by Helen Farrell, MD

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    00:00 Now let’s talk about Malingering and we’ll start with a case example of this “50-year-old man who comes to the hospital complaining of hearing command auditory hallucinations and they told him to hurt himself.” So, you do your evaluation and you find that this man though is unwilling to cooperate in any action plan other than being admitted to the hospital for observation.

    00:24 So you try to brainstorm with him about other alternatives, safety net outside of the hospital, you asked about connecting to outpatient providers and he’s really uncooperative with you in the emergency room but he tells you that he wants to be admitted, he also tells you that he’d like medication and the only medication that has ever helped him with these hallucinations are benzodiazepines. He absolutely refuses to consider any anti-psychotic medication. So, on your review of his previous hospital records, you see that this man has a pending application for disability and in fact he’s come to the hospital multiple times seeking admission, looking to hope his disability application. So, he further is refusing to participate with you and when you asked to speak to collateral sources of information he says “No.” His answers to you are vague and inconsistent, although he does intersperse a lot of technical medical jargon into his conversation.

    01:26 So he uses phrases like "command hallucinations" and also "needing PRNs," terminology that's usually used by nurses and doctors, not usually by lay people or patients. So, what is malingering? You’re probably suspecting this from the case example and malingering is actually the faking or exaggerating of symptoms for obvious external benefit. Some common reasons are disability, evading prosecution or criminal charges, looking for money, housing, or to get medication especially controlled substances. So, malingering involves the feigning of physical or psychological symptoms. You’re really looking for personal gain and it’s very common when people have external motives to malinger symptoms to try to get what they want and it’s pretty common in hospitalized patients, more often occurring in men than women and some of the criteria that you’re going to look for to diagnose it are as follows. The presentation is usually with multiple vague complaints that do not conform to a known medical condition. The patient often has a long history of many hospital stays. Generally, they’re uncooperative and they refused to accept a good prognosis or even refused to talk with you about a management plan that could help them. The symptoms also tend to improve once the desired objective is obtained. So, with this gentleman, you might be suspecting malingering. That summarizes some of the somatoform disorders and other disorders that fall under that category. You know a little bit now about the diagnosis and how to go about management and treatment of these patients.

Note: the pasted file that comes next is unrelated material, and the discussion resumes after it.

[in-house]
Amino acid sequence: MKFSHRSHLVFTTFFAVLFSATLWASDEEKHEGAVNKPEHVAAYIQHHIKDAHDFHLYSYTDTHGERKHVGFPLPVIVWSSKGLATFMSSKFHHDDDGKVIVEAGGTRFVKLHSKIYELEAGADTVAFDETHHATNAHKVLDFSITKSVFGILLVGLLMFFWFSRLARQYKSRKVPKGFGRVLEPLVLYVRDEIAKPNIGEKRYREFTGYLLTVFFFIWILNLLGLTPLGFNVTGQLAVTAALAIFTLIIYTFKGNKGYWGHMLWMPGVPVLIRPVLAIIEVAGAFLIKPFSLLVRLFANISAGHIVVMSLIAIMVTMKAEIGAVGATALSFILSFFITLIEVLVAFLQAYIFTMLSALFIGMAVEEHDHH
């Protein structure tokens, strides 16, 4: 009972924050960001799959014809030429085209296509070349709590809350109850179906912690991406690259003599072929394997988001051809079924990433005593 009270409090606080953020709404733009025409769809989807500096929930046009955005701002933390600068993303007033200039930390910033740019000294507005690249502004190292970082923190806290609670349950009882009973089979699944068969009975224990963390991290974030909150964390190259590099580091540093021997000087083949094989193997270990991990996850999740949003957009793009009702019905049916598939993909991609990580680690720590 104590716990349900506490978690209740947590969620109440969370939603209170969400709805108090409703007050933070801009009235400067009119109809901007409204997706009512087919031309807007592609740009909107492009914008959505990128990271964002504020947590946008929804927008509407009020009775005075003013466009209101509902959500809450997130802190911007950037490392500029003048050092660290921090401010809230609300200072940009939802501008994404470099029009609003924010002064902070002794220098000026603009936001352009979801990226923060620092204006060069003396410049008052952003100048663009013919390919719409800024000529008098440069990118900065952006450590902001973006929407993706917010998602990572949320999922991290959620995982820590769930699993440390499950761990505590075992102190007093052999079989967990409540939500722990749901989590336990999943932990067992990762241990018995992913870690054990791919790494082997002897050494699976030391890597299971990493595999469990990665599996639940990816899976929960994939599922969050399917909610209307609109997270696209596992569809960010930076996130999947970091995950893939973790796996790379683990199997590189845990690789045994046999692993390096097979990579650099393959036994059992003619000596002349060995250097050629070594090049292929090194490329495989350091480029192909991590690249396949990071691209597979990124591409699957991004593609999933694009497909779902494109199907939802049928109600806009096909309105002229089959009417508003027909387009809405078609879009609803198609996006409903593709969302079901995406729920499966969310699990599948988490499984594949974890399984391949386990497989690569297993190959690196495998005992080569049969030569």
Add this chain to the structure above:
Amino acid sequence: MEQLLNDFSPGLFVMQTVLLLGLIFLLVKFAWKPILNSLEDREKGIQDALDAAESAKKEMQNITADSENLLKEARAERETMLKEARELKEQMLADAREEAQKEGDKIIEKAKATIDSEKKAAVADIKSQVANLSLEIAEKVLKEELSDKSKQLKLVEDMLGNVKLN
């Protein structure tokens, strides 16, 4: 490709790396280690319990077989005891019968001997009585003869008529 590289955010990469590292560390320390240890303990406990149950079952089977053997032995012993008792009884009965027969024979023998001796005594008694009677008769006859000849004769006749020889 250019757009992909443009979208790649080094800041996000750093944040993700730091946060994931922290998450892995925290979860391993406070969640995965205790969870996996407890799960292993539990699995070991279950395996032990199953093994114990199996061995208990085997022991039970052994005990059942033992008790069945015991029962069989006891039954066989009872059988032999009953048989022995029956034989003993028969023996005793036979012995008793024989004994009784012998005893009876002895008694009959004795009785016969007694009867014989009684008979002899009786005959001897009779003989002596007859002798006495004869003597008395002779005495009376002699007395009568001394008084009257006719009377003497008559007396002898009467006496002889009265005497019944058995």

About the Lecture

    The lecture Malingering by Helen Farrell, MD is from the course Dissociative Disorders.

    Included Quiz Questions

    1. Patients readily participate in the interview process
    2. Patients often use technical and medical terminology while explaining their symptoms.
    3. The symptoms improve once the desired objective is obtained.
    4. It is common in hospitalized patients.
    5. Patients often have a long history of admissions to the hospital.
    1. Need for care and attention
    2. Avoiding police/prosecution
    3. Obtaining narcotics or other controlled substances
    4. Monetary gain
    5. Housing

    Author of lecture Malingering

     Helen Farrell, MD

    Helen Farrell, MD

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    By Paramjit V. on 24. November 2017 for Malingering

    I really have no words to say how useful these lectures are and how well these have been presented.